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Saturday, September 23 2017 @ 02:28 AM CDT

Preface to the E-book

Previous: Beginnings - Next: More History

Live streaming video is becoming an increasing part of the internet. From re-broadcast of traditional TV, to internet-only video podcasts and scheduled programs, live video is available on more and more subjects.

The problem is that many people with access to interesting wildlife subjects don’t have the skills or knowledge to properly take advantage of their good luck – this book should help them, or at least get them to the point where they know what questions to ask of others and what help they might need. It will give you a lot of background information and then some step-by-step instructions on how to put your camera stream into place – and maybe make some money at it.

Over the past 5+ years I’ve been cursed blessed by being associated with some of the people whose efforts lead not only to the Hornby Island and Sidney Eagle Nest cameras but to subsequent wildlife cameras under the Hancock Wildlife Foundation. I’ve also ended up working with others on their particular wildlife/nature camera projects.

This series of articles and the resulting E-book is dedicated to them and to all those teachers and associates I’ve learned from and worked with over the years in audio, video, wildlife and the internet.

Most especially I’d like to recognize the help of Bob Chappel whose ongoing work with packaging cameras and microphones for placement in the wild really started off the whole process that lead to the nest camera going in. He and biologist Darren Copely had set up many long-term wildlife observation systems, even before it was practical to put them onto the internet.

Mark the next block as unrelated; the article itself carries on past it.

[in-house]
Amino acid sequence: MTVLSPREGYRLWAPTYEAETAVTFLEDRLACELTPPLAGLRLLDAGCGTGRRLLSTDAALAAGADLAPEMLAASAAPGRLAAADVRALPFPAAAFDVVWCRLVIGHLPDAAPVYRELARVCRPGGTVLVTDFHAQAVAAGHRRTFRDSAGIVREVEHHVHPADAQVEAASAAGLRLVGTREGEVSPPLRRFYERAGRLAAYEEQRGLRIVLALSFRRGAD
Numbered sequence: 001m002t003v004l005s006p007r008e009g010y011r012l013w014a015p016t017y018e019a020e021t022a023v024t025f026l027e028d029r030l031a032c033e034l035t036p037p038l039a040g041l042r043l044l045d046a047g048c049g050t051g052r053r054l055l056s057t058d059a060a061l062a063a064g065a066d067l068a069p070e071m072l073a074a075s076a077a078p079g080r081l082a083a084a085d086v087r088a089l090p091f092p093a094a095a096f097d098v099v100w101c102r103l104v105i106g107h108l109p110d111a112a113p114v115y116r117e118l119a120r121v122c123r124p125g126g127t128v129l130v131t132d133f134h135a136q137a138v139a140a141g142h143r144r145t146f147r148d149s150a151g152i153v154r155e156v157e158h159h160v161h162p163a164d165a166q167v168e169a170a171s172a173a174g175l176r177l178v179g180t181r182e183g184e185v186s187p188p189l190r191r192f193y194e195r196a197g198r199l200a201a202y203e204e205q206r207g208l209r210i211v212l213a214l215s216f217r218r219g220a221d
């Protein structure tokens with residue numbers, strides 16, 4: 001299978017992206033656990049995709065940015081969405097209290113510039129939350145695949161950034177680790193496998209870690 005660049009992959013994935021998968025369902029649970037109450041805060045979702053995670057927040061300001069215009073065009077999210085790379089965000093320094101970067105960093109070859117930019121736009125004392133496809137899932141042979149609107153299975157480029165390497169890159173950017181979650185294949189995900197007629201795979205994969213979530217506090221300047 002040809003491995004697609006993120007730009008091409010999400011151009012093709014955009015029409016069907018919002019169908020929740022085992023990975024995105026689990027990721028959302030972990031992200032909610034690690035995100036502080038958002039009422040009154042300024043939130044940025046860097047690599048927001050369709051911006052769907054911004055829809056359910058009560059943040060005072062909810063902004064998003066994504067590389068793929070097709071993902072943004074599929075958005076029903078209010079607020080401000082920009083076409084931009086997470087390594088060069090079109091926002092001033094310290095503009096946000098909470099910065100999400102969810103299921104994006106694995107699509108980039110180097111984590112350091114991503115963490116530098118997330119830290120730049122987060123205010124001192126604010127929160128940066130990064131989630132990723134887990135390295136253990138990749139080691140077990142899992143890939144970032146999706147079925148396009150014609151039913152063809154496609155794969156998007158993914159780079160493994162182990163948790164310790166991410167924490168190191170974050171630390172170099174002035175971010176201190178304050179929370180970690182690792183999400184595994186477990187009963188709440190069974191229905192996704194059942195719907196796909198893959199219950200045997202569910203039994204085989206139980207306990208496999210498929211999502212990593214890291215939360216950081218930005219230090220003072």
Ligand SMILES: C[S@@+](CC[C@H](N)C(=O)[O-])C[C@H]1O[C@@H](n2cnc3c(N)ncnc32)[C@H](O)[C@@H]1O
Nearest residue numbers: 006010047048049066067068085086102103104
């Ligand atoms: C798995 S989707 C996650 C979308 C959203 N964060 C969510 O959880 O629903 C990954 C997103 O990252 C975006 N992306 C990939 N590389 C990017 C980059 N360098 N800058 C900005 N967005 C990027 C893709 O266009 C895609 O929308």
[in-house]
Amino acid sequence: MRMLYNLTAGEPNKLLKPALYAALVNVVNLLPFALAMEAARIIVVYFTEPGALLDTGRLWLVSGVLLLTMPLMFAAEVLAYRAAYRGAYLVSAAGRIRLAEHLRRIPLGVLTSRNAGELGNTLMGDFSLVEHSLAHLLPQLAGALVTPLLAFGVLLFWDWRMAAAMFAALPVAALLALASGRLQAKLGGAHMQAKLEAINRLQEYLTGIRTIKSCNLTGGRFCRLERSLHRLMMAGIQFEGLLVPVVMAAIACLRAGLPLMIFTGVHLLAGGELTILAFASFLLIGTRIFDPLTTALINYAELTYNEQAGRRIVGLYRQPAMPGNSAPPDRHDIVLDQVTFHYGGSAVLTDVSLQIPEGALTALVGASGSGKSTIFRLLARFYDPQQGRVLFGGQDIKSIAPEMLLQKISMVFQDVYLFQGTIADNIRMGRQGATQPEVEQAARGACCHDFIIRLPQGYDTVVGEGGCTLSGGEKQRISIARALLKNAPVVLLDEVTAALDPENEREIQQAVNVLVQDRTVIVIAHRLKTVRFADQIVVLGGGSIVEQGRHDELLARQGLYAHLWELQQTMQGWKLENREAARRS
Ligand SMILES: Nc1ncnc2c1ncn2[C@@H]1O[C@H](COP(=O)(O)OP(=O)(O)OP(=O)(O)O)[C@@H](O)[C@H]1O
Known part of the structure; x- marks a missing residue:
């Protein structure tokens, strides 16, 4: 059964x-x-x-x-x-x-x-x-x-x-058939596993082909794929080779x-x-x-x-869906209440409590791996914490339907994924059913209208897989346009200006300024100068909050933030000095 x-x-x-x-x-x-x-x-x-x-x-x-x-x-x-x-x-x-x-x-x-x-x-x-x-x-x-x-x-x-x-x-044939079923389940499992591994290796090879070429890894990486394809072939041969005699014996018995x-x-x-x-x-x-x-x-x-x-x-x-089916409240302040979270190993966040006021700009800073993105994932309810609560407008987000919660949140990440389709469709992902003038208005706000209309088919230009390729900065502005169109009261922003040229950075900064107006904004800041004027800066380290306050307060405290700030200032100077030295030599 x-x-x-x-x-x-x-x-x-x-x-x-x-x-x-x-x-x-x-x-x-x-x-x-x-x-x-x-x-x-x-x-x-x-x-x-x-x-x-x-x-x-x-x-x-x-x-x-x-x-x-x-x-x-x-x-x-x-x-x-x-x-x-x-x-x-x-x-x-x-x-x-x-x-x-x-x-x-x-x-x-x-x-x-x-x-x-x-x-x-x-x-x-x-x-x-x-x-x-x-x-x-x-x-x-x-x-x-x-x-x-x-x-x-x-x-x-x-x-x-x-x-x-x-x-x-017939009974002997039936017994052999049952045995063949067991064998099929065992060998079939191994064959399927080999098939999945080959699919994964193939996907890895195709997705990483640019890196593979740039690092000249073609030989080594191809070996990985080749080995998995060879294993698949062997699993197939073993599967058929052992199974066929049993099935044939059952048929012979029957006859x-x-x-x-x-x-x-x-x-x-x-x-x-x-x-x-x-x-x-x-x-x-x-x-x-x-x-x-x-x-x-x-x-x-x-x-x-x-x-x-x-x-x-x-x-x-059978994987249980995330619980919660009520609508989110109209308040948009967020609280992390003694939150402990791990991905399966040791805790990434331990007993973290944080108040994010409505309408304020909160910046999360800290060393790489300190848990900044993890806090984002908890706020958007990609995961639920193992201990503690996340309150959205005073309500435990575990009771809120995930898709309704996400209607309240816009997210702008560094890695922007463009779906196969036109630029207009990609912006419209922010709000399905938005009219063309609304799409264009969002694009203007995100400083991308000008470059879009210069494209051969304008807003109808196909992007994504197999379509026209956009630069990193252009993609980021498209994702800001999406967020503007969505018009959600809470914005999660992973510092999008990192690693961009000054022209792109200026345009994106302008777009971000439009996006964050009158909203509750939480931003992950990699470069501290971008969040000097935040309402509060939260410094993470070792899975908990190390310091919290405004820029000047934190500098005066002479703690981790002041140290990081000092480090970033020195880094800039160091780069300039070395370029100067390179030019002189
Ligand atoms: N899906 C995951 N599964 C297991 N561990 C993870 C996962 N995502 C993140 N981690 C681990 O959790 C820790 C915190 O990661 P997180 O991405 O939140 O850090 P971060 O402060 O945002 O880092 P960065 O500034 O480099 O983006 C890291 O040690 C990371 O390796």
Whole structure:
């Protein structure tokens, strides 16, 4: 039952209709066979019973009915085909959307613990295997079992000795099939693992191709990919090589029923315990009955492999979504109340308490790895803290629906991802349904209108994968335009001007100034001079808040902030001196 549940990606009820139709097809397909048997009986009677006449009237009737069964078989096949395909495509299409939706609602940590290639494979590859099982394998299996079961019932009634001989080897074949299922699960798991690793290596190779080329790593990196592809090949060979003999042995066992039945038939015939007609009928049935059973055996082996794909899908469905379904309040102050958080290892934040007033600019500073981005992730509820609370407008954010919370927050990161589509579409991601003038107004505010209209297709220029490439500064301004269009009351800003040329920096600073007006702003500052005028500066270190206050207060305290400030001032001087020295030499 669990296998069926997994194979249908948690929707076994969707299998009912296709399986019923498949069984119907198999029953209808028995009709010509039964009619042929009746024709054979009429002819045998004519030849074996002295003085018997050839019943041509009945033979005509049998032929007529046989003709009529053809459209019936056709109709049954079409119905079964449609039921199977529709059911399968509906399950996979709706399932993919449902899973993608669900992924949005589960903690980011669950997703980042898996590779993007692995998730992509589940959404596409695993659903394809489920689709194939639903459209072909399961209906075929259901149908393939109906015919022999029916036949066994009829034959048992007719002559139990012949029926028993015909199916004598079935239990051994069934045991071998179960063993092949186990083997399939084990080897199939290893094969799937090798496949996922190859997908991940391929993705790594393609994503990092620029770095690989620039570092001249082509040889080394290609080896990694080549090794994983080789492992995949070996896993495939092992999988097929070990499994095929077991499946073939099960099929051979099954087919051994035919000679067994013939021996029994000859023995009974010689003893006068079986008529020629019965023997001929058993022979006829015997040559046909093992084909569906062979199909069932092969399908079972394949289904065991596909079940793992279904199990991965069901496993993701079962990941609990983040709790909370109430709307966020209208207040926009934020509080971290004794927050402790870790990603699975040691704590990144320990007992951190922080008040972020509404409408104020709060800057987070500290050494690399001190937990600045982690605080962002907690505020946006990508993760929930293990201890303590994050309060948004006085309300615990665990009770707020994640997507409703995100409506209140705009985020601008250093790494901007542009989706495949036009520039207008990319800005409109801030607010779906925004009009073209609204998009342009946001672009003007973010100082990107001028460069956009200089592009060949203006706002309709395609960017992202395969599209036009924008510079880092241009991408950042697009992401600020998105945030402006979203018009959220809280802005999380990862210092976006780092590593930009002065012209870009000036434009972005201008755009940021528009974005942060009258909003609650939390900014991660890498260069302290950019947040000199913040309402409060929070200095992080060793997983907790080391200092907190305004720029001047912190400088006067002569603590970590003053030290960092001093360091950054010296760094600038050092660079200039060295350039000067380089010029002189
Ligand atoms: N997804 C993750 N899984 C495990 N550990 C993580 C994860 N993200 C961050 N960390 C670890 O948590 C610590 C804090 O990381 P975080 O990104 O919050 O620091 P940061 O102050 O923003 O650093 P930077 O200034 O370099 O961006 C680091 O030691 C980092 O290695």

Of course if Doug Carrick had not made such a long study of the specific eagle nest across the street from his home on Hornby Island, the camera would never have been put in and hooked to his TV and VCR. Doug’s creation of the DVD and subsequent series of seminars on what he had seen and recorded attracted the attention of my long-time friend, David Hancock, who has been studying eagles in general for over 50 years, and the “urban” eagle for over 20 years.

David Hancock, founder, (right) and Dr. David Bird, director, of Hancock Wildlife Foundation at Sidney nest site.David Hancock (person on the right, seen here at the Sidney nest site) had the insight that lead to the first live stream. His knowledge and connections provided our fall-back nest when the first one’s eggs failed, and has continued to provide projects and incentives to do some of the strange and wonderful streams we’ve seen over the subsequent years – and he still has ideas that are stretching the limits.

I also have to thank Ed Clunn for his help just getting things set up that first season, then in talking me through doing similar setups with other companies and tool sets. His encoder software and understanding of the Windows Media Server systems out-shone even Microsoft.

And most especially I want to thank all the volunteers who have gathered around the Foundation’s web site, both those around the world who monitor the cameras and help keep them running, and those who come out to the gatherings such as Fledge-Fest and various lunches, etc. If it were not for them, our task of educating people and taking them farther than just watching “paint dry” in the nests would simply not have been possible.

Thank you all!



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